Since the start of the COVID-19 pandemic, many patients have reported neurological and psychiatric disorders. A recently published Dutch study found that the virus can infect nerve cells.
The coronavirus can infect nerve cells and trigger local immune reactions that may be the cause Neurological and psychological complications associated with Covid-19. These are the conclusions of a Dutch study published in the American Journal of Microbiology, according to AFP.
virus spread It stops quickly and is limited to a few brain cellsHowever, this results in minor injury response to cytokinesThe study concluded that messengers between immune cells play a role in local infection. “What we saw is consistent with SARS-CoV-2 infection.” It rarely leads to acute encephalitis The virus is spreading uncontrollably in the brain, Debbie van Riel, a virology researcher at Erasmus MC Hospital in Rotterdam, said in a statement.
Neurological disorders reported by patients
But the fact that SARS-CoV-2 can eventually enter the brain through the olfactory nerve and infect cells locally, which in turn triggers an inflammatory response, It can definitely contribute to neurological disordersSince the beginning of the epidemic, patients around the world have reported neurological and psychiatric disorders such as: from Memory problems, headaches, rare psychosis, and even encephalitis (inflammation of brain tissue).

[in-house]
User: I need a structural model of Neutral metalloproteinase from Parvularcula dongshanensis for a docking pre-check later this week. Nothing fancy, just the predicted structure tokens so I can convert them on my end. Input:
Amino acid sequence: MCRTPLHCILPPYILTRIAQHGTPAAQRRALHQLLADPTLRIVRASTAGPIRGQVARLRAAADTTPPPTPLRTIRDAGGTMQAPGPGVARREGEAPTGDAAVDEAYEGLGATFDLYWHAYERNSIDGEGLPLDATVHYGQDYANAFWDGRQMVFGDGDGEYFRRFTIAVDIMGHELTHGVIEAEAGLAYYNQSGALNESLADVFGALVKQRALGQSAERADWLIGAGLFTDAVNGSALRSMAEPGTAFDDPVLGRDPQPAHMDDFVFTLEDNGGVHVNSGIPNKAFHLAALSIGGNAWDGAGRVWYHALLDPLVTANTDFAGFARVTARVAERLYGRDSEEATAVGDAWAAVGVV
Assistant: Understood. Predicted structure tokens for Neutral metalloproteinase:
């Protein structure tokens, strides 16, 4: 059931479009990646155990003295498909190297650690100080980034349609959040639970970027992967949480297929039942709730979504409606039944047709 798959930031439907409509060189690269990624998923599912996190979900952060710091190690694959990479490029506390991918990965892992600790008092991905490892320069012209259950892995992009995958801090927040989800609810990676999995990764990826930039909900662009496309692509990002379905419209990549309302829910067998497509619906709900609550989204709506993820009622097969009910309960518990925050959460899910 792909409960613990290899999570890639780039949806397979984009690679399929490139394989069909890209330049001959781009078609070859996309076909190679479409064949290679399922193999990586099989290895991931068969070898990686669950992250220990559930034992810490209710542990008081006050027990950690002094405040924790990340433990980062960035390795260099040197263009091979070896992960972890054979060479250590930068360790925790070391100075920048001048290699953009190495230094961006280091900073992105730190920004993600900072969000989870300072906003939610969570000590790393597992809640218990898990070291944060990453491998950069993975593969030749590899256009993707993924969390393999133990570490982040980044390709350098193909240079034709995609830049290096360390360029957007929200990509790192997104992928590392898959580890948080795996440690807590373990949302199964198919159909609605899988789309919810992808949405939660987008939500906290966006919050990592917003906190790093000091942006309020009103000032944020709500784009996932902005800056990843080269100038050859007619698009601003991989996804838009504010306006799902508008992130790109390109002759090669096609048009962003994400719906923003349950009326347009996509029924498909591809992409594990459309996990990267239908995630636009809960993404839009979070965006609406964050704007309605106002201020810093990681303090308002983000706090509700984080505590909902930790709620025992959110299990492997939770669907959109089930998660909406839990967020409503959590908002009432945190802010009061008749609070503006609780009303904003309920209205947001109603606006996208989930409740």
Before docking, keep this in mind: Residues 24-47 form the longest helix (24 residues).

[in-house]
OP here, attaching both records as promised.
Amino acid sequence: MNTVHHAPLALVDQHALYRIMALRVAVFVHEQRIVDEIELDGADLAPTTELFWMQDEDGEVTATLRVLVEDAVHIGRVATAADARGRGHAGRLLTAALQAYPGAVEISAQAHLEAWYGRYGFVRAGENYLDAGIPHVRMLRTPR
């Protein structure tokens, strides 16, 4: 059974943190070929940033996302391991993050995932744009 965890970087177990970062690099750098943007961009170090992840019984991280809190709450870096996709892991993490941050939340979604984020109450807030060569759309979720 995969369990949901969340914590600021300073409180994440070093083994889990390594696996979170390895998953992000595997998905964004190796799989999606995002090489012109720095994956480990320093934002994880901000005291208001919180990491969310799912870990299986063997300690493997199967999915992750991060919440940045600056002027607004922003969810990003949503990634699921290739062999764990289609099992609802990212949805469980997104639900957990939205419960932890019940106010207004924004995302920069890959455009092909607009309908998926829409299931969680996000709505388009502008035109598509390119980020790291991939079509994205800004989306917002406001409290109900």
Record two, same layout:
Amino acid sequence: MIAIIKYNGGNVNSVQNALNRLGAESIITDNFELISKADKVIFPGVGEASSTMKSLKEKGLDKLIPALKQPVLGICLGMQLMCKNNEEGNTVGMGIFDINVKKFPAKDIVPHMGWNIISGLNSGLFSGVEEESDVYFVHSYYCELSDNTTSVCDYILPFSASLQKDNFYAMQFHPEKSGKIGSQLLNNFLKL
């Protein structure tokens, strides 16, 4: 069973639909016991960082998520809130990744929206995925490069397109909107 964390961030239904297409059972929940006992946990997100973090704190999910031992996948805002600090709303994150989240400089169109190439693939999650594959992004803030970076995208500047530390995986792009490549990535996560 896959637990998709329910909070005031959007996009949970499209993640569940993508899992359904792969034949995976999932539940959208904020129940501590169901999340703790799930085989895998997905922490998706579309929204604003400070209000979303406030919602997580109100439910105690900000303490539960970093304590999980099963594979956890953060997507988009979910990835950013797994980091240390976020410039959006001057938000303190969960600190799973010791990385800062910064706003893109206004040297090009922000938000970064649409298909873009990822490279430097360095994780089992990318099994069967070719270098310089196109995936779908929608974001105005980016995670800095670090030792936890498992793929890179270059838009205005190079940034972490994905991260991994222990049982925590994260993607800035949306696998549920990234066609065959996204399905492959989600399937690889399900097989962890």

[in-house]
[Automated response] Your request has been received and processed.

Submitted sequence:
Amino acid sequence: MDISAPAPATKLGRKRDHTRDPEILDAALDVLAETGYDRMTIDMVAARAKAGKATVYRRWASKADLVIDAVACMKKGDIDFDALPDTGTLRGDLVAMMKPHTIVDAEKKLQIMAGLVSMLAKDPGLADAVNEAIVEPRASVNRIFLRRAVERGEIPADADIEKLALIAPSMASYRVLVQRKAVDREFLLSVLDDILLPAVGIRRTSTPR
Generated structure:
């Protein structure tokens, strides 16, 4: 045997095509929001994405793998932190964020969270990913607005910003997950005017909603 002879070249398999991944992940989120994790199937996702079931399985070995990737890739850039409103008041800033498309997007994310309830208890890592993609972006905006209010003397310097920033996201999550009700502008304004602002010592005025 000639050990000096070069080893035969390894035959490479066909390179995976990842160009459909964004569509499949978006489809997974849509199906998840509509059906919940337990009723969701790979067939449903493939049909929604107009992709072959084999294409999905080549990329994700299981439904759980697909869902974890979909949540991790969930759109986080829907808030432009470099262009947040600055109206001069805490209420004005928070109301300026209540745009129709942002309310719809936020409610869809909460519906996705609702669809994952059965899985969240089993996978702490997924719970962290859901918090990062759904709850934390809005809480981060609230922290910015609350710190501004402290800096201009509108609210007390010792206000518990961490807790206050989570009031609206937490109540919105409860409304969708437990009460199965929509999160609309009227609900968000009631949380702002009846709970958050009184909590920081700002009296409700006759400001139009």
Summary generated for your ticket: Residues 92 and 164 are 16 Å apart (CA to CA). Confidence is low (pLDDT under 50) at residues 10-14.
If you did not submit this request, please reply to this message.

One in three people who hit Covid-19 are diagnosed with a neurological or psychiatric condition within six months of infectionIn April, she referred to a large study published in the specialized journal Lancet Sciatri. A growing body of evidence indicates this The virus can enter the brain through the olfactory nerve.
However, what happens after SARS-CoV-2 enters the brain is still poorly understood. In addition to what our study indicates, the immune system likely plays a role as well. More research is needed to find outResearcher Fimke de Frege from the Department of Psychiatry at Erasmus Hospital said:
The researchers observed the virus for a short time in vitro, in cultured neurons obtained from induced pluripotent (iPS) strains. “We also studied a limited number of types of brain cells,” Ms de Vrij added, noting that further research may shed light on “Short and long-term effects of viral infection on brain structures“.